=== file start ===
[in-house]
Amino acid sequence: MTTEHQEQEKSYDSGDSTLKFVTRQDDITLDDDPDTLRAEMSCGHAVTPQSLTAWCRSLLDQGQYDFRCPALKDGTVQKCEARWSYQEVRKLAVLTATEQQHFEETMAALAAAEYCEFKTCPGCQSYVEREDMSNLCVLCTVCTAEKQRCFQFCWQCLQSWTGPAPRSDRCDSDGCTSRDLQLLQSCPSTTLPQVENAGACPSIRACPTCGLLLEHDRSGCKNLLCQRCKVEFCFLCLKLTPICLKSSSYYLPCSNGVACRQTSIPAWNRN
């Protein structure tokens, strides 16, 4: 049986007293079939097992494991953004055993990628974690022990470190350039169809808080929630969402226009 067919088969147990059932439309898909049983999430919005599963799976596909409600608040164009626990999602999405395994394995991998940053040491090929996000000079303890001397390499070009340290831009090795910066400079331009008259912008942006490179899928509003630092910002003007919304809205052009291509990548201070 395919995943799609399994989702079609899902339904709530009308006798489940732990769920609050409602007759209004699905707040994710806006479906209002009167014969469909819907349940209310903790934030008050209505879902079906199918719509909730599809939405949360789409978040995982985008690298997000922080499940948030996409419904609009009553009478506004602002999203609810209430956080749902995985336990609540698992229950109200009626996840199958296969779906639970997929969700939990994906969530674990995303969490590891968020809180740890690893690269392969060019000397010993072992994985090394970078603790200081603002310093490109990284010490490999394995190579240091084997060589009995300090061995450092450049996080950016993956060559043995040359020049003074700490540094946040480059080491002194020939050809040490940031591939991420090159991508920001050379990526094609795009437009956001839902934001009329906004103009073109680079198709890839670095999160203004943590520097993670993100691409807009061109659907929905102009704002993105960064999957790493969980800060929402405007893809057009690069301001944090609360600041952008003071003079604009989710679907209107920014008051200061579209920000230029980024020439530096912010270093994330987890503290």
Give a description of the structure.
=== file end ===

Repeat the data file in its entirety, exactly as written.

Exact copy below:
[in-house]
Amino acid sequence: MTTEHQEQEKSYDSGDSTLKFVTRQDDITLDDDPDTLRAEMSCGHAVTPQSLTAWCRSLLDQGQYDFRCPALKDGTVQKCEARWSYQEVRKLAVLTATEQQHFEETMAALAAAEYCEFKTCPGCQSYVEREDMSNLCVLCTVCTAEKQRCFQFCWQCLQSWTGPAPRSDRCDSDGCTSRDLQLLQSCPSTTLPQVENAGACPSIRACPTCGLLLEHDRSGCKNLLCQRCKVEFCFLCLKLTPICLKSSSYYLPCSNGVACRQTSIPAWNRN
């Protein structure tokens, strides 16, 4: 049986007293079939097992494991953004055993990628974690022990470190350039169809808080929630969402226009 067919088969147990059932439309898909049983999430919005599963799976596909409600608040164009626990999602999405395994394995991998940053040491090929996000000079303890001397390499070009340290831009090795910066400079331009008259912008942006490179899928509003630092910002003007919304809205052009291509990548201070 395919995943799609399994989702079609899902339904709530009308006798489940732990769920609050409602007759209004699905707040994710806006479906209002009167014969469909819907349940209310903790934030008050209505879902079906199918719509909730599809939405949360789409978040995982985008690298997000922080499940948030996409419904609009009553009478506004602002999203609810209430956080749902995985336990609540698992229950109200009626996840199958296969779906639970997929969700939990994906969530674990995303969490590891968020809180740890690893690269392969060019000397010993072992994985090394970078603790200081603002310093490109990284010490490999394995190579240091084997060589009995300090061995450092450049996080950016993956060559043995040359020049003074700490540094946040480059080491002194020939050809040490940031591939991420090159991508920001050379990526094609795009437009956001839902934001009329906004103009073109680079198709890839670095999160203004943590520097993670993100691409807009061109659907929905102009704002993105960064999957790493969980800060929402405007893809057009690069301001944090609360600041952008003071003079604009989710679907209107920014008051200061579209920000230029980024020439530096912010270093994330987890503290």
Give a description of the structure.